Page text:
Jamie is Head of Training at Durrell. He has worked for more than 15 years in the field of biodiversity conservation, and has worked extensively overseas. He has over a decade’s worth of experience as a qualified teacher and trainer and is a practising facilitator. His research interests include conservation anthropology, conservation education invasive species management and the conservation of amphibian biodiversity.
John is Durrell’s Chief Conservation Officer. He leads the development of Durrell’s long term strategy, focussing on major themes and emerging issues in conservation. John represents Durrell in key forums and builds partnerships with conservation organisations and academic partners. He has published extensively on global biodiversity issues and many specific topics. John is also Professor at Imperial College London.
Dr Tim Wright Tim is Deputy Head of Conservation Training at Durrell, where he has worked for 13 years. Tim is particularly interested in captive husbandry and conservation of mammals, captive population management and GIS. Tim’s current role includes the planning and delivery of training, post-course evaluation and ongoing support of Durrell graduates through the Durrell Conservation Learning Network.
Catherine Burrows Catherine is Training Co-ordinator at Durrell, and is responsible for organising the logistical side of the training programme and ensuring that courses run smoothly. She deals with applications and provides course participants with all the information they need from how to organise a visa, to up to date timetables and course information. She also helps run the ever expanding Durrell Conservation Learning Network.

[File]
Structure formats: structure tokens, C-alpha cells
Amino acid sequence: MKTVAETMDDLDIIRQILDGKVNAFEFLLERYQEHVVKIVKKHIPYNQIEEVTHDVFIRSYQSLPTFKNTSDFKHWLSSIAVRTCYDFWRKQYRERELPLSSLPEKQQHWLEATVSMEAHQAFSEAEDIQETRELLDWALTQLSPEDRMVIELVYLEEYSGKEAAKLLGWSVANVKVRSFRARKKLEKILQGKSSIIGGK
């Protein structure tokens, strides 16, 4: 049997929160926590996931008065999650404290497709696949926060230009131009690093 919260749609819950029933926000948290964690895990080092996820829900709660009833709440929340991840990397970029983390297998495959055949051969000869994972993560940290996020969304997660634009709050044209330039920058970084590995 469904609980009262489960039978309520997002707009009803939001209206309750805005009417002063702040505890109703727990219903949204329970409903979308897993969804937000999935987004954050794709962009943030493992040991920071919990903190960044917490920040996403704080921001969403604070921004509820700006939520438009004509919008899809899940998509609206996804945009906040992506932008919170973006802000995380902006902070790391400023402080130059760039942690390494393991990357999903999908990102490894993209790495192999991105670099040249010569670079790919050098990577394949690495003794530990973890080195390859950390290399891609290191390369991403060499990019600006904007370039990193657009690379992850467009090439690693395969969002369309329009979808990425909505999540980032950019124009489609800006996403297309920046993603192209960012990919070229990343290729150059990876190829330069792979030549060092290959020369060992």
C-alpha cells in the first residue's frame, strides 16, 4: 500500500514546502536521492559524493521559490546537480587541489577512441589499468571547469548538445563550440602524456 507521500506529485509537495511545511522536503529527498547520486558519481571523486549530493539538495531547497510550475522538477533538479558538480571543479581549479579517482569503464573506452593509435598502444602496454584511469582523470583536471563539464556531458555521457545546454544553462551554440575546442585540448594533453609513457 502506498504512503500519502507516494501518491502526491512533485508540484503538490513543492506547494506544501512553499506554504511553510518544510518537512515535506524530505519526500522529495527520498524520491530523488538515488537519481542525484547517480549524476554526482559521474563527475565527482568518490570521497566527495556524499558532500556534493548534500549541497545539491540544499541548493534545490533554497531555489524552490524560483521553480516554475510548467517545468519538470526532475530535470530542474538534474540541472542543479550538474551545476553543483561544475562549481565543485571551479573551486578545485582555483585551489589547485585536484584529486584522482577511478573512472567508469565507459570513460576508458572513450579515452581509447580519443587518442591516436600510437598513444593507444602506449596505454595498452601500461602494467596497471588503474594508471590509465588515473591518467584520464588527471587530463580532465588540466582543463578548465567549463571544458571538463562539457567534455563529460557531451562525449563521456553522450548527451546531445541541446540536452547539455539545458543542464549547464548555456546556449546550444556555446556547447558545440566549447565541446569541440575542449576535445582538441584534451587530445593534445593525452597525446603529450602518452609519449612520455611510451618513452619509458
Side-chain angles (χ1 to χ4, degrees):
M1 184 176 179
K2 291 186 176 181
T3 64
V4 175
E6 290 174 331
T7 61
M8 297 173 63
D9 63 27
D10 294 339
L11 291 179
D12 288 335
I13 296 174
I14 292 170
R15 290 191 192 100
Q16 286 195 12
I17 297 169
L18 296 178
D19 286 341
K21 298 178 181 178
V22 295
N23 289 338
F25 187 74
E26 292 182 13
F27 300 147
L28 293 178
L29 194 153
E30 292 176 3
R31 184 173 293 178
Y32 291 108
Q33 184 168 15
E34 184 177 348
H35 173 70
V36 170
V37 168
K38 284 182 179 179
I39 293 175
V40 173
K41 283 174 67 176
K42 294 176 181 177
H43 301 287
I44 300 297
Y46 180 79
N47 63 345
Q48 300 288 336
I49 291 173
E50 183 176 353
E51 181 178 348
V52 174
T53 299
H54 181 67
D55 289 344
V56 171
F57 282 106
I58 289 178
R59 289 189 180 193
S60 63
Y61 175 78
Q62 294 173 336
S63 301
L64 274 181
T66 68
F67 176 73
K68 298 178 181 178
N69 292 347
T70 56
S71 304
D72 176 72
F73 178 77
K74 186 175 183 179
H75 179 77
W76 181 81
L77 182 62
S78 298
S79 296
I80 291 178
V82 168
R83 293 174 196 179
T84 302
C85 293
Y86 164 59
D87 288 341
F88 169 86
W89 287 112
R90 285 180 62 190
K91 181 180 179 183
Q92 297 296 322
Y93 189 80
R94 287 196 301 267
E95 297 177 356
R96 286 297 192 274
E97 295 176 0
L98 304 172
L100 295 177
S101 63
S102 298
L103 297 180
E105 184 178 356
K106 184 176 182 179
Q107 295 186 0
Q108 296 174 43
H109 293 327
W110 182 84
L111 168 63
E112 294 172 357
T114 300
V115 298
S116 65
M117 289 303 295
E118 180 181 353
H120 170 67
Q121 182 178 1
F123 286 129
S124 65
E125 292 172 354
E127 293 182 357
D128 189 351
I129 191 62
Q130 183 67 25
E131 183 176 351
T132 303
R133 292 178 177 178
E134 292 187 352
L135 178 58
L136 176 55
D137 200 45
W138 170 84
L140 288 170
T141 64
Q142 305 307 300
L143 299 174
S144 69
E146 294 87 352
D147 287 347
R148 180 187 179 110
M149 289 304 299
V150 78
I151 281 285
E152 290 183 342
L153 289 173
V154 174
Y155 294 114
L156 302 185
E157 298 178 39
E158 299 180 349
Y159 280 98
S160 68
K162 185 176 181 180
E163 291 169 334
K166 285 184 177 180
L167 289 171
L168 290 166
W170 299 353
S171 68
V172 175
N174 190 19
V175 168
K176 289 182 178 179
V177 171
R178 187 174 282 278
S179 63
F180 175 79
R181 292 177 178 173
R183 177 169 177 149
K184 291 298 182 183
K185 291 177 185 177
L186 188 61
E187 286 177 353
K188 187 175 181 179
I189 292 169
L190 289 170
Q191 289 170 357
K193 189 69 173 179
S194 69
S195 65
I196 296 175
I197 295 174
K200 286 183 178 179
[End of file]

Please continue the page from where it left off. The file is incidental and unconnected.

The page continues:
Professor Douglas MacMillan Douglas is Head of the School of Anthropology and Conservation within the University of Kent, where he is Professor of Conservation and Applied Resource Economics. He is a biodiversity economist with teaching and research interests in human-wildlife conflict, species reintroduction, sustainable use and market approaches for conserving biodiversity.
Professor Carl Jones MBE Carl is an International Conservation Fellow at Durrell as well as Scientific Director of the Mauritian Wildlife Foundation, and an Honorary Professor in Ecology and Conservation Biology at the University of East Anglia. Carl began working in Mauritius in 1979 and his dedication has led to the restoration of many species and habitats. Carl leads Durrell’s engagement in the Mascarenes and supports various aspects of Durrell’s conservation breeding in Jersey.
Dr Nik Cole
Nik leads Durrell’s reptile restoration work in Mauritius, and works very closely with the Mauritian Wildlife Foundation. He focuses on the impacts of invasive species, their detection, control and eradication, and the reintroduction of endangered species to restore island ecosystems. Nik currently leads a joint project with the Mauritius National Parks and Conservation Service to continue the restoration of native reptiles.